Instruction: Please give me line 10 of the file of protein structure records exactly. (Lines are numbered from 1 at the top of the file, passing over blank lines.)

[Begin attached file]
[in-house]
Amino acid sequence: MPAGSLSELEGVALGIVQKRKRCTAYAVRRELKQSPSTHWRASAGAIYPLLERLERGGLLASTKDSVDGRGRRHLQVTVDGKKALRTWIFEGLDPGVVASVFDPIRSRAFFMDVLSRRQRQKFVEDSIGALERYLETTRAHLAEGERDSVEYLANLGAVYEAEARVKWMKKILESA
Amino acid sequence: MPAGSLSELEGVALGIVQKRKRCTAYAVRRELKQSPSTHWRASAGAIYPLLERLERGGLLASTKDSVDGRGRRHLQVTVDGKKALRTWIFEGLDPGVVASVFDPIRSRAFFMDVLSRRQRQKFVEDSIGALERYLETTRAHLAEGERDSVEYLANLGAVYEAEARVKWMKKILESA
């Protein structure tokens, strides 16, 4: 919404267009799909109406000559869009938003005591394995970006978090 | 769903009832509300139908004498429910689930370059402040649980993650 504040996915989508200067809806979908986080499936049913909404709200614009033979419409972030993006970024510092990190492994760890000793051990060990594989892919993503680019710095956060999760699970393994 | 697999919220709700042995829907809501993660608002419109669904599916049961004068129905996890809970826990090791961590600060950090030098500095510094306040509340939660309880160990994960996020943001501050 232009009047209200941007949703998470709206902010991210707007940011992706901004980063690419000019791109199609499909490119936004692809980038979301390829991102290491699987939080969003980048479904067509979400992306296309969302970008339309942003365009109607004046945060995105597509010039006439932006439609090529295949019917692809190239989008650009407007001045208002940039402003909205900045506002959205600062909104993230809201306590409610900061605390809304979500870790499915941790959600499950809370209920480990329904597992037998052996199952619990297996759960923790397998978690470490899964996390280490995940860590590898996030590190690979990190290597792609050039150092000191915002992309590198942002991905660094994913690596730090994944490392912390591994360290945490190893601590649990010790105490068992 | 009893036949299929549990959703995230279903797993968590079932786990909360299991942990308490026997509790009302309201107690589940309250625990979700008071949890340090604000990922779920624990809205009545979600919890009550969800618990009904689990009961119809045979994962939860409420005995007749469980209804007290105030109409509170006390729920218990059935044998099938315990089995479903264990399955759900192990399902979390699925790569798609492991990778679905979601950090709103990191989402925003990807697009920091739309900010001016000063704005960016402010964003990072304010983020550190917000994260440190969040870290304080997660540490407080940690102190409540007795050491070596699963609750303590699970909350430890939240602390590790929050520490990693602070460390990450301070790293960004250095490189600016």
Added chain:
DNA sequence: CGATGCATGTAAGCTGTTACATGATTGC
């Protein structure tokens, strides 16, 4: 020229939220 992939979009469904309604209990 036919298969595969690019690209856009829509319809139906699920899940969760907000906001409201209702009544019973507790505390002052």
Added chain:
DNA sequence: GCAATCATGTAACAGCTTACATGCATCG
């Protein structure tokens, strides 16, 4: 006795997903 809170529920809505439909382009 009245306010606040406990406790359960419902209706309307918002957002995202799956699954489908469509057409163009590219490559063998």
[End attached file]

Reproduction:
């Protein structure tokens, strides 16, 4: 006795997903 809170529920809505439909382009 009245306010606040406990406790359960419902209706309307918002957002995202799956699954489908469509057409163009590219490559063998």